When the Customer Experience Professionals Association was formed in 2011 to support the advancement of those in this profession, and later developed an international standard by which to certify experience CX pros, CX was on a growth curve. When B2B discovered CX, later to the party than B2C, more opportunity was born. I have been a customer experience professional for 20+ years, leading CX in very large, large, mid-sized and small companies. This consolidation of all customer-facing roles is new. It makes sense under a Chief Customer Officer who is the ultimate advocate for the customer, but subsuming CX into other functions doesn’t work. Product can easily over-ride the customer’s needs to meet internal IT requirements, or customer success can prioritize goals of the business over the customer. A separate customer experience team provides that vital backstop for customer interests, though that does not need to conflict with over-arching business objectives. It should in fact support ultimate business outcomes.

Customer Experience in 2023

I’ve formed and led five corporate CX functions to date. But starting a CX function is the easy part, and fairly tactical. The hard part is moving or keeping the focus of CX at the strategic level, helping the c-suite to see that CX should not be confined to delivering surveys and throwing reports over the wall for implementation. Despite relentless probing into the vision company leaders have for customer experience, in practice many are not prepared to bring the customer in to early strategic planning efforts, nor to fund customer improvements, and this leads to a dumbing down of the function.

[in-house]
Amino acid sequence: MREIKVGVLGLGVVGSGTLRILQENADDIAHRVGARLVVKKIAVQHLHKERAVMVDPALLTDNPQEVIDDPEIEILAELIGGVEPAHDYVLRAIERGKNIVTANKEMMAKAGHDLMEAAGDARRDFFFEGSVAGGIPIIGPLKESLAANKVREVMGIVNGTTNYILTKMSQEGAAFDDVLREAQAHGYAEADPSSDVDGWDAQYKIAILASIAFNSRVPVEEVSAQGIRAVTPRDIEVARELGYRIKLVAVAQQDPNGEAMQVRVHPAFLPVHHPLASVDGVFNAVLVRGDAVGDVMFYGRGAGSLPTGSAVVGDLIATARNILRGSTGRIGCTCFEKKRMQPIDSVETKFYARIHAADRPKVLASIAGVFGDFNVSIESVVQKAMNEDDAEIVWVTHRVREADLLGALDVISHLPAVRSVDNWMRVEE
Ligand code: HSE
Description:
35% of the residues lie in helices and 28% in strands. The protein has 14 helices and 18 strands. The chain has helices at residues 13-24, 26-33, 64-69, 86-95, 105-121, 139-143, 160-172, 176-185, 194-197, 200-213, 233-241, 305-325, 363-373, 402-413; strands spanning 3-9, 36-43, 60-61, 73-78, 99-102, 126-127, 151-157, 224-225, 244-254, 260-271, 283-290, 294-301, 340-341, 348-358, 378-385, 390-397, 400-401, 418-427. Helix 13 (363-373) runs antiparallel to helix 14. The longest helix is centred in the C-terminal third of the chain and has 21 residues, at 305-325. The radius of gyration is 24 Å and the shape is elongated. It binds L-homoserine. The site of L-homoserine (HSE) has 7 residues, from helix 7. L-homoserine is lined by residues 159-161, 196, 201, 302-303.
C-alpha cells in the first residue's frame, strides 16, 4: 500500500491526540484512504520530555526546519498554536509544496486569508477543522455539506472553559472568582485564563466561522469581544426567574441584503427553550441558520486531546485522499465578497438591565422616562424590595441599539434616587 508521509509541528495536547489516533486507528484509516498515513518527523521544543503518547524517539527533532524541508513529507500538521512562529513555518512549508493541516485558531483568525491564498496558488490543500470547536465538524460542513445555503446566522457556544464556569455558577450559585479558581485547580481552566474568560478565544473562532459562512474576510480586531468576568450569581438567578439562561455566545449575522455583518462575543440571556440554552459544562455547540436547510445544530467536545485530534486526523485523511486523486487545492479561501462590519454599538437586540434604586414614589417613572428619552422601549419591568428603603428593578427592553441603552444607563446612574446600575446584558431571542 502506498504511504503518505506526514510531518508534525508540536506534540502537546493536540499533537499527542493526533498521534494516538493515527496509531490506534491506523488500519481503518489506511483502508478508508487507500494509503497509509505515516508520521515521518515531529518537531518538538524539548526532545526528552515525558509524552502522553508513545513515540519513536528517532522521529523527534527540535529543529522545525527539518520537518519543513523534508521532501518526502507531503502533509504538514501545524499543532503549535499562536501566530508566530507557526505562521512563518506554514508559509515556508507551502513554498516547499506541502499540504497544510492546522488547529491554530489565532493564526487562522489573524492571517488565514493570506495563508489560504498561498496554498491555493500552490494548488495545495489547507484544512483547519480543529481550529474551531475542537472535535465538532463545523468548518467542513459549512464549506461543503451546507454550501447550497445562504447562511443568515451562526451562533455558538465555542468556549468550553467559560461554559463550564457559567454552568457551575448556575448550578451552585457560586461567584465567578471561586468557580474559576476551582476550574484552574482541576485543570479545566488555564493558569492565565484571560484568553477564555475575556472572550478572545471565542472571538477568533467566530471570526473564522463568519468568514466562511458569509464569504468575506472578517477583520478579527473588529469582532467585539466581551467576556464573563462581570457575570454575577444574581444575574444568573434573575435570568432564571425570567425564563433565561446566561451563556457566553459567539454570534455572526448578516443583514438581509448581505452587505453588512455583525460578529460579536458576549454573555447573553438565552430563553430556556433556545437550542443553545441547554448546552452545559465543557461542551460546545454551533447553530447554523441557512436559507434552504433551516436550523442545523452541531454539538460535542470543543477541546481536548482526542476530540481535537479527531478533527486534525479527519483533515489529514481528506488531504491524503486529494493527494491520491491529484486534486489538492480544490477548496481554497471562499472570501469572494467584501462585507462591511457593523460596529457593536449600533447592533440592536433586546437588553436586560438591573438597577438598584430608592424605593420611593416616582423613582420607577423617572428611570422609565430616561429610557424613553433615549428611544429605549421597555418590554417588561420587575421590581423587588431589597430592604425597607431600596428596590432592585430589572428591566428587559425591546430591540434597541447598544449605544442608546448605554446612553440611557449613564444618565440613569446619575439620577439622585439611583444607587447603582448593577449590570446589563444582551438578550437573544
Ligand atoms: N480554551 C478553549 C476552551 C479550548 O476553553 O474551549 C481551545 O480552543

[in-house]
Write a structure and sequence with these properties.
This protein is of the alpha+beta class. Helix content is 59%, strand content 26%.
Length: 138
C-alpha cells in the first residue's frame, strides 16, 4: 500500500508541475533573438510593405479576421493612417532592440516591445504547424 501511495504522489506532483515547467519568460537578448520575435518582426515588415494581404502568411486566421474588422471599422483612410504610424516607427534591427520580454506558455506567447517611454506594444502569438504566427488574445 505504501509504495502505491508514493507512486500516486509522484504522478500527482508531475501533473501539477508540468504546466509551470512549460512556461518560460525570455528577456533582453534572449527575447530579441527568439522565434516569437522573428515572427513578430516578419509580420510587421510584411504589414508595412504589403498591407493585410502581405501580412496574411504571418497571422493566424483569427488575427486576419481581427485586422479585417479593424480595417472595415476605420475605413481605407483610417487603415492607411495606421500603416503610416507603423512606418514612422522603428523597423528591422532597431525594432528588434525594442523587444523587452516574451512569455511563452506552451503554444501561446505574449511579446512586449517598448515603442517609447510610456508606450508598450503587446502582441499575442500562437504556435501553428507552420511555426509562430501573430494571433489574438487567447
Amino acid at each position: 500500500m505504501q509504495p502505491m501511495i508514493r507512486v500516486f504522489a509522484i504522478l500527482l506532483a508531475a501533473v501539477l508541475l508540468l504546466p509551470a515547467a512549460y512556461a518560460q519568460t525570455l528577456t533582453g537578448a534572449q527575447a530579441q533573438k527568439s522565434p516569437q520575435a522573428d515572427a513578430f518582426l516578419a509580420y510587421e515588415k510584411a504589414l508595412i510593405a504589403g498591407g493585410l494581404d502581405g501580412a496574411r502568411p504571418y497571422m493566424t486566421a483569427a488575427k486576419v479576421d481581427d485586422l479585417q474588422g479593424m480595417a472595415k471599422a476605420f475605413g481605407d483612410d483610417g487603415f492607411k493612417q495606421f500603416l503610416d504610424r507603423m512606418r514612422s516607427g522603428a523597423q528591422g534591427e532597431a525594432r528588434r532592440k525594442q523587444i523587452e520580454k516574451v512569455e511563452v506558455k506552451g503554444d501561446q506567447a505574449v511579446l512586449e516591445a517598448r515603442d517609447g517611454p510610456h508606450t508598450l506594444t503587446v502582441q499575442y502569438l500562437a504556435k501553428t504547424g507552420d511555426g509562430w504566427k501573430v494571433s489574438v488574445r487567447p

Thankfully, there are exceptions. Some companies have used end-to-end customer experience for years to great result, and if they have elevated customer experience to a strategic function, they are quite mature in their approach. It would be easy to point out Southwest Airlines’ 2022 holiday failures, after years of accolades for its superior customer experience, but they have the CX infrastructure to recover. Meanwhile Delta has been busy tackling major customer issues and training their teams for years based upon human-centered experience. They currently rank as the number one US airline in customer experience.

The fall of customer experience leaders from the c-suite continues as CMOs and CROs feel they “own” the customer, but that creates a need for a highly placed leader who is involved in all customer-impacting decisions, one who can be a neutral and objective advocate who encourages companies to be accountable when they claim to be customer-centric.

If 2021-2022 were the years poor experiences needed to recover from COVID, 2023 is not the year to abandon CX in fear of a recession that hasn’t been fully manifested. 2023 could be the year to become really clear on the top two benefits of strengthening the CX function: 

  • Strategic planning that truly captures customers’ needs, wants and emotions, prior to marrying those with business goals and objectives; and
  • Customer-oriented execution of all new products or service changes, to achieve the positive outcomes and business results intended.

CEOs take note: now is the time to invest in this strategic capability, more than ever before. By the time the function is well-embedded, you’ll be ahead of many of your competitors who’ve put it to the side.

Footnotes:

“Customer satisfaction is nearing its lowest point ever, a new study suggests,” Consumer Affairs, Gary Guthrie, 9/16/2022

U.S. Airlines With the Best & Worst Customer Service , March 3, 2023, upgradedpoints.com

Shelly Chandler
SMC Group
Shelly Chandler, CCXP, has been a customer experience professional and leader for more than 20 years, creating and leading teams in corporate roles for very large B2C companies like Wells Fargo and PNC Bank, and large B2B companies like American Tire Distributors and Delaware North. Shelly has also been a CX advisor for more than 10 years, working with Walmart, Moen, Penske and other large and small corporations and CX platforms, across multiple verticals.